Canadian investors who’ve kept their cash in domestic stocks have had it really rough. The S&P/TSX Composite Index didn’t participate in the U.S. stock market melt-up in the beginning of the year, but it sure did participate in the meltdown. Talk about skipping the feast but getting indigestion anyway!
Indeed, the grass has felt much greener on the other side of the border over the last few years, and although Canadians can easily swap their loonies for greenbacks to pick up more attractive U.S. stocks, I think Canadian investors would be better off sticking with domestic stocks as the growth-to-value rotation continues to pick up traction.
U.S. stocks have been on quite the ride, but they’ve become a tad overpriced, as the froth was slashed off the top two times this year: this February and earlier this month. Both times tech stocks got hammered, and value stocks looked to be great again through the eyes of investors who’ve been high on growth for a ridiculously long time now. Growth names have been bleeding the most, and as the names continue to face pressure, we could see “boring” value stocks become the next big trade.
The S&P 500 has a considerable amount of tech stocks in its basket. The TSX, on the other hand, is mainly composed of financials and severely battered energy stocks. As a growth-to-value rotation picks up, the TSX doesn’t have as much to lose, as “sexy” growth stocks are few and far between, and buried beneath the barrage of energy stocks that have been bleeding for several years.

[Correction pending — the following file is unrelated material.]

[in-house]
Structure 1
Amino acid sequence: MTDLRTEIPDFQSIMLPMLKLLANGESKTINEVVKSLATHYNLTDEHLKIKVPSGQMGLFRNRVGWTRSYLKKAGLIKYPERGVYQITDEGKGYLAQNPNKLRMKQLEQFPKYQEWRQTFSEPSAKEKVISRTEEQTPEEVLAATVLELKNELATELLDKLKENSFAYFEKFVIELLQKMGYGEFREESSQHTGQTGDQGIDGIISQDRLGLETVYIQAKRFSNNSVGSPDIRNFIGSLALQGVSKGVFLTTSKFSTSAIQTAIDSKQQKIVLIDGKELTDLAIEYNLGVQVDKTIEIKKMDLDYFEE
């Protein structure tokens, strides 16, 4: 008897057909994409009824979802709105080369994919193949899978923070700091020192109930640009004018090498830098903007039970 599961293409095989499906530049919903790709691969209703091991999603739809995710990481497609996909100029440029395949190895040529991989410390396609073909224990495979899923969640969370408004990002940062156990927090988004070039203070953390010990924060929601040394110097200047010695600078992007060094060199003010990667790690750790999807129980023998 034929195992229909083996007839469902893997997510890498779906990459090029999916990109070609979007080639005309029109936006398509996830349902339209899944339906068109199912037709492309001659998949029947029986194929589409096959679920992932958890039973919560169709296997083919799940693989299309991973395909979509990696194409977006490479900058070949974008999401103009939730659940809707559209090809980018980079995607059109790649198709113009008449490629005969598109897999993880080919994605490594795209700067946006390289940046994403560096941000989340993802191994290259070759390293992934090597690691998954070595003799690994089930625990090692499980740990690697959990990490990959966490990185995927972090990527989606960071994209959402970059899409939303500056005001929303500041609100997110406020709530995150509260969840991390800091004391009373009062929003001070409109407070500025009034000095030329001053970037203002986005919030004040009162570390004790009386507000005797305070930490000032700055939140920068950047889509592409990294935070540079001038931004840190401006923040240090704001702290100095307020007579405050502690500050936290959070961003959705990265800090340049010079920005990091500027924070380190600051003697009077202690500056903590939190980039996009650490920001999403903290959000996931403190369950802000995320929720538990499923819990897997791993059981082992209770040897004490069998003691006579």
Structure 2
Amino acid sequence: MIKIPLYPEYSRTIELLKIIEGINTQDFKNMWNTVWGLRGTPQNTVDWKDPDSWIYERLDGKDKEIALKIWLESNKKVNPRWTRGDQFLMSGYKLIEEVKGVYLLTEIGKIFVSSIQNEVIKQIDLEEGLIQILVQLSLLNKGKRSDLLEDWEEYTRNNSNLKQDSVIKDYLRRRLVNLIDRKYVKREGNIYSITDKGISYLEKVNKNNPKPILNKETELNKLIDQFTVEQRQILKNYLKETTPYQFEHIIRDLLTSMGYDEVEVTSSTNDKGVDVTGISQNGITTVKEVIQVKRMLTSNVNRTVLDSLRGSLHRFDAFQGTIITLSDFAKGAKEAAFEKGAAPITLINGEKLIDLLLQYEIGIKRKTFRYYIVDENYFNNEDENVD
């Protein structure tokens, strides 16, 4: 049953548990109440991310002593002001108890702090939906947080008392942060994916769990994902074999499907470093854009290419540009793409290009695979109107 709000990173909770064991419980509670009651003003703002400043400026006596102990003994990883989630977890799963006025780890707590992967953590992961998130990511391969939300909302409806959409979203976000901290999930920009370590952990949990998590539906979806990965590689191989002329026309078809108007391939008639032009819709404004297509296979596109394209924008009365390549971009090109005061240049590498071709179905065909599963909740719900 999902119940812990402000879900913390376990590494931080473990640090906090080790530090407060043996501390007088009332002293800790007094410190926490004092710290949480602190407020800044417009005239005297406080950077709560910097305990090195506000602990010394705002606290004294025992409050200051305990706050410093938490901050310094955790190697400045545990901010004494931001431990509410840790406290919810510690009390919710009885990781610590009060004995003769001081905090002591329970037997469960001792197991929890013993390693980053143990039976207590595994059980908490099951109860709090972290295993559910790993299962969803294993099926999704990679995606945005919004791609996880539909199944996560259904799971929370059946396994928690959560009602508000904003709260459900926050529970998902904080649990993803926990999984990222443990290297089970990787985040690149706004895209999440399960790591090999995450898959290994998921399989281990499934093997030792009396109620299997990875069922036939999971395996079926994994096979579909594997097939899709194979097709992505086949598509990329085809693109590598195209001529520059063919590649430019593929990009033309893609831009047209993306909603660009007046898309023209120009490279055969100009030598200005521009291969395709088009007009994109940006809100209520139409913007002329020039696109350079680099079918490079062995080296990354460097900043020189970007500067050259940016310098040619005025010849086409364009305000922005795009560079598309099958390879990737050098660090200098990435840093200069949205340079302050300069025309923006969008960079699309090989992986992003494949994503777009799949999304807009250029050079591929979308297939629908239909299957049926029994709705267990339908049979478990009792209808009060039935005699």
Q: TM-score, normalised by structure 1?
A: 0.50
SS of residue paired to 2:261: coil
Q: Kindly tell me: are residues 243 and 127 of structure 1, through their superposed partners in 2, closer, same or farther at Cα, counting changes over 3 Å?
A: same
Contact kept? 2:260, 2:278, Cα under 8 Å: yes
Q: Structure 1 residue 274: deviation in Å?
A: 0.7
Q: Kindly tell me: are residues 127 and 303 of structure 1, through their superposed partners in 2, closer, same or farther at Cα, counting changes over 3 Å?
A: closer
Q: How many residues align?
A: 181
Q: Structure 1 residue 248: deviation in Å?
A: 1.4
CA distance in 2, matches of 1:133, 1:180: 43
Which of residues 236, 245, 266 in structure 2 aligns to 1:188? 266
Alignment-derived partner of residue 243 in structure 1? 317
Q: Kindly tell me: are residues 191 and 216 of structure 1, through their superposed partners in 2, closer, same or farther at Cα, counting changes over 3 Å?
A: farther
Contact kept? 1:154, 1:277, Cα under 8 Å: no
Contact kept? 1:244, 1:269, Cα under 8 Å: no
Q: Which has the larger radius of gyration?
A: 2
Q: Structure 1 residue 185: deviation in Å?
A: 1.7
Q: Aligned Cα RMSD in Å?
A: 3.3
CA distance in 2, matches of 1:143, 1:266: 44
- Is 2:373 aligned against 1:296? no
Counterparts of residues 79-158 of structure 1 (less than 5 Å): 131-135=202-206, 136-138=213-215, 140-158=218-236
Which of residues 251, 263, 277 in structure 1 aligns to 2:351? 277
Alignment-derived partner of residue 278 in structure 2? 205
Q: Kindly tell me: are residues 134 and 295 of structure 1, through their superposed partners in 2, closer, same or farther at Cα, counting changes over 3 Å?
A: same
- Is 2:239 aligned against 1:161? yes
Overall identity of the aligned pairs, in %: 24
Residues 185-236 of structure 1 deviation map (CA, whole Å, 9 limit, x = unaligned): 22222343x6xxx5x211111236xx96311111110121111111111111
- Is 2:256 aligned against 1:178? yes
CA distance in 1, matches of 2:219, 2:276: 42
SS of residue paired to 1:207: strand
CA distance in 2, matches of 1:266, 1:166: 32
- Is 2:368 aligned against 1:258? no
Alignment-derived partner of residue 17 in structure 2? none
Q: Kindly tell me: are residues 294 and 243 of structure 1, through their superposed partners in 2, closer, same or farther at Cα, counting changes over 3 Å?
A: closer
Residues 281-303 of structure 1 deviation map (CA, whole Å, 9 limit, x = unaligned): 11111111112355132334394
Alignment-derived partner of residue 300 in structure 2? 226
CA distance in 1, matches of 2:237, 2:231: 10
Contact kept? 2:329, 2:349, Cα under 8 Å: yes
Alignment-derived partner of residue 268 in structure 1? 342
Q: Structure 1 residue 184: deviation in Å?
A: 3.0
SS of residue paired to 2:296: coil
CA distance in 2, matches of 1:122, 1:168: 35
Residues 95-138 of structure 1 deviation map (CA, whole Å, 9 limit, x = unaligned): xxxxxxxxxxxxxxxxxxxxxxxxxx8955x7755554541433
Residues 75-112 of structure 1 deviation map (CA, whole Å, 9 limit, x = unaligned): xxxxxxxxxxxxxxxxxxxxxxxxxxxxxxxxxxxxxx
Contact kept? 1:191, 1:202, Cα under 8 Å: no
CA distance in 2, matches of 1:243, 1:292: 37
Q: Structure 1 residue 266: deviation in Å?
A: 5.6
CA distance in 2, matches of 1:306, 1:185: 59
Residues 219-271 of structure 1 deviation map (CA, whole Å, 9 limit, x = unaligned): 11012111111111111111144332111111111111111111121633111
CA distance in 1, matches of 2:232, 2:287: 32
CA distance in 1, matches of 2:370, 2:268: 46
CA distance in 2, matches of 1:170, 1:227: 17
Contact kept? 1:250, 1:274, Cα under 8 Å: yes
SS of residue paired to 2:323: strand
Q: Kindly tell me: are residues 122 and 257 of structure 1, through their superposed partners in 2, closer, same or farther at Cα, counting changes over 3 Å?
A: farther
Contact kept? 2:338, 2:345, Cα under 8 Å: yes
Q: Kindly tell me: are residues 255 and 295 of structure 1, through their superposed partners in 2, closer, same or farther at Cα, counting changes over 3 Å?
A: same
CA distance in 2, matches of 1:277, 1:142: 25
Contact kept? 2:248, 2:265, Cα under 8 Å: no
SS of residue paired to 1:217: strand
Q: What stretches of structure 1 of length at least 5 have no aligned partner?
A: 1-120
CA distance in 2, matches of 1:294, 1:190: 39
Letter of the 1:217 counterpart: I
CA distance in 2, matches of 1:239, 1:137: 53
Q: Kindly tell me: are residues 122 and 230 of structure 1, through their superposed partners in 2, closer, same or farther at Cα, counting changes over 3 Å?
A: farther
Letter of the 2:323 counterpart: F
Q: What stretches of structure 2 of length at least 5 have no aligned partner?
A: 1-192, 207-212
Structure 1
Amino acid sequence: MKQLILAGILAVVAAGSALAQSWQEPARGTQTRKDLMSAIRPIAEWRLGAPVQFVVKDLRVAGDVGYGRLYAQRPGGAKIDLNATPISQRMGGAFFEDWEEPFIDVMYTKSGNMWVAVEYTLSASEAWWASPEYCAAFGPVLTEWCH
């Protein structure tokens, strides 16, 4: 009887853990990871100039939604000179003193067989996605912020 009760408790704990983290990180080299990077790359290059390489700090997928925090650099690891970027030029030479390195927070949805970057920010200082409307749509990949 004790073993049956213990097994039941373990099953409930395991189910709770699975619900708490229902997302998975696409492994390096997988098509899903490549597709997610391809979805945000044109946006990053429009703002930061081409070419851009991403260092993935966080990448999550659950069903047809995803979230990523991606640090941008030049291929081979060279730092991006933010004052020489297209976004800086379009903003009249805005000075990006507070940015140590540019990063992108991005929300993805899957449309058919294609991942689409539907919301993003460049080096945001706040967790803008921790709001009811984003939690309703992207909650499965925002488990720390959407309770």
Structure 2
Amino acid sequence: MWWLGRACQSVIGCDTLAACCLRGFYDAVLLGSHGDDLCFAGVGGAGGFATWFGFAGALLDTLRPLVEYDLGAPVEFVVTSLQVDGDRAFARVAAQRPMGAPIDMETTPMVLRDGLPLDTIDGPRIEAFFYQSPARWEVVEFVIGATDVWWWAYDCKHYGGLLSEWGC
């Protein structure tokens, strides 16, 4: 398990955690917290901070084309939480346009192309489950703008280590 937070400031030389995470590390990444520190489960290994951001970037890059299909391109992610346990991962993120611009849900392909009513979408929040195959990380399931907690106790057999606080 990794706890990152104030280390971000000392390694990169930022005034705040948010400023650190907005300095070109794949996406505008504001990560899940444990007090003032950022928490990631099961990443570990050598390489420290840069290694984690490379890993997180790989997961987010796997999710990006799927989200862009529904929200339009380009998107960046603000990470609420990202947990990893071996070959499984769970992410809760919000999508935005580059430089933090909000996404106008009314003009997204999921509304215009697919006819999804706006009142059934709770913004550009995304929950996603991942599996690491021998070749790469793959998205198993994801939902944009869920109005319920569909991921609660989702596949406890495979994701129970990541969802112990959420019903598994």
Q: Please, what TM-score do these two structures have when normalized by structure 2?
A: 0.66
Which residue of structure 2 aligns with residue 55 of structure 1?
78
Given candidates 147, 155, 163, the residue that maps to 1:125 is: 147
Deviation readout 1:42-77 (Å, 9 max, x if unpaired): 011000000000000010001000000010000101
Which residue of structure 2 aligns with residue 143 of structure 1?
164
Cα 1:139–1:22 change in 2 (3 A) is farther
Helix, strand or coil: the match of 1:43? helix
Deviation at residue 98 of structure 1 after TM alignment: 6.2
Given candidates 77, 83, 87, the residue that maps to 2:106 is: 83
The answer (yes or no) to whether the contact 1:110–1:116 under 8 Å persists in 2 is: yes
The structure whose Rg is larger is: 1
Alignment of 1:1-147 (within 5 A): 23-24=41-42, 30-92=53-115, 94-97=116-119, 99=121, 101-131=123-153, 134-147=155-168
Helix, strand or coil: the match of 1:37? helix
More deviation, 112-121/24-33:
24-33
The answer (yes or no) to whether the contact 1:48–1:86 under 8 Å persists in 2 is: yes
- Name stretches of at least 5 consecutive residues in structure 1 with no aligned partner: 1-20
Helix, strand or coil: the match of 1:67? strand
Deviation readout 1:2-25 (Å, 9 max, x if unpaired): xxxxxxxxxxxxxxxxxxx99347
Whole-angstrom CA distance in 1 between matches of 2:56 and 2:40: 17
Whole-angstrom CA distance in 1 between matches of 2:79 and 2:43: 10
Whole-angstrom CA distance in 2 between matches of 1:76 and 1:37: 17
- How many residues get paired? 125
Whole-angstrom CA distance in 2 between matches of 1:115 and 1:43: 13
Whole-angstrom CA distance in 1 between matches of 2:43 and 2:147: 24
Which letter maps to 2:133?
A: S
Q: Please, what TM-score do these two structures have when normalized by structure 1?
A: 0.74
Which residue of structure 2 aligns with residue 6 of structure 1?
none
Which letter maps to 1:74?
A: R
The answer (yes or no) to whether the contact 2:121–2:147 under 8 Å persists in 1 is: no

There’s deep-value within Alberta’s oil patch!
A major reason why the TSX has struggled to fly is thanks to the troubled energy stocks that continue to reek of value.
Today, the price of Western Canadian Select (WCS) is trading at a record discount relative to West Texas Intermediate (WTI) due to the unfortunate pipeline bottleneck that’s causing a pile-up of heavy crude with no place to go.
Can the discount become even steeper?
Probably, but it’s not going to last forever as Alberta attempts to alleviate the bottleneck that’s turned its oil patch into a swamp that’s in dire need of draining.
At this point, any subtle improvements to outflow over the next several years will be enough to narrow the WCS-WTI gap. Such a narrowing gap would allow many beaten-up oil sands operators like Cenovus Energy (TSX:CVE)(NYSE:CVE) to soar to highs not seen since before the 2014 rout.
Many Canadian energy names may seem like dead trades today, but they’ll be among the stocks that’ll be least impacted in a market-wide collapse led by expensive tech names.
Moreover, new extraction technologies will allow oil sands operators to better weather the low-WCS-price environment over the next few years, so we could see a modest bounce in some of the more innovative players in Alberta’s oil patch, as their operations become more economical in spite of the horrific environment for Canadian crude.
Stay hungry. Stay Foolish.
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Fool contributor Joey Frenette has no position in any of the stocks mentioned.